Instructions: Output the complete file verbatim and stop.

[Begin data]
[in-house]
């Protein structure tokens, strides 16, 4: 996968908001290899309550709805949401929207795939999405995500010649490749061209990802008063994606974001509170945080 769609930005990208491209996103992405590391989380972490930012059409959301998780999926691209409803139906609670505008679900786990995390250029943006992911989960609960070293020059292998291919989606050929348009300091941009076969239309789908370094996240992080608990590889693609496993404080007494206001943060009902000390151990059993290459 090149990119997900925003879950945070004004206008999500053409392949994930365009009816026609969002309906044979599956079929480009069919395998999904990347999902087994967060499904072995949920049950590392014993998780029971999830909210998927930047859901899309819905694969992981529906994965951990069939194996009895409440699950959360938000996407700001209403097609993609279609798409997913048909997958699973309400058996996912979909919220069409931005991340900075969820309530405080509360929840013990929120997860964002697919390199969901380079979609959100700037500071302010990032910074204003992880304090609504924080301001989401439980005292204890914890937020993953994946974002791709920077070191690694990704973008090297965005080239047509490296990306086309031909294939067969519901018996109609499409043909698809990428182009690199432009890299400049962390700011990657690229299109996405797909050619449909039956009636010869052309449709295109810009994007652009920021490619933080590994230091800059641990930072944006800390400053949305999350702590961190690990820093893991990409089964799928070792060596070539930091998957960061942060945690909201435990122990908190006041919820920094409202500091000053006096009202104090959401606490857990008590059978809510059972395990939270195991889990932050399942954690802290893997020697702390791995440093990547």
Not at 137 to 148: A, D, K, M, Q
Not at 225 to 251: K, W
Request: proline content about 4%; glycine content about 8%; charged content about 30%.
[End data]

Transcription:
[in-house]
């Protein structure tokens, strides 16, 4: 996968908001290899309550709805949401929207795939999405995500010649490749061209990802008063994606974001509170945080 769609930005990208491209996103992405590391989380972490930012059409959301998780999926691209409803139906609670505008679900786990995390250029943006992911989960609960070293020059292998291919989606050929348009300091941009076969239309789908370094996240992080608990590889693609496993404080007494206001943060009902000390151990059993290459 090149990119997900925003879950945070004004206008999500053409392949994930365009009816026609969002309906044979599956079929480009069919395998999904990347999902087994967060499904072995949920049950590392014993998780029971999830909210998927930047859901899309819905694969992981529906994965951990069939194996009895409440699950959360938000996407700001209403097609993609279609798409997913048909997958699973309400058996996912979909919220069409931005991340900075969820309530405080509360929840013990929120997860964002697919390199969901380079979609959100700037500071302010990032910074204003992880304090609504924080301001989401439980005292204890914890937020993953994946974002791709920077070191690694990704973008090297965005080239047509490296990306086309031909294939067969519901018996109609499409043909698809990428182009690199432009890299400049962390700011990657690229299109996405797909050619449909039956009636010869052309449709295109810009994007652009920021490619933080590994230091800059641990930072944006800390400053949305999350702590961190690990820093893991990409089964799928070792060596070539930091998957960061942060945690909201435990122990908190006041919820920094409202500091000053006096009202104090959401606490857990008590059978809510059972395990939270195991889990932050399942954690802290893997020697702390791995440093990547």
Not at 137 to 148: A, D, K, M, Q
Not at 225 to 251: K, W
Request: proline content about 4%; glycine content about 8%; charged content about 30%.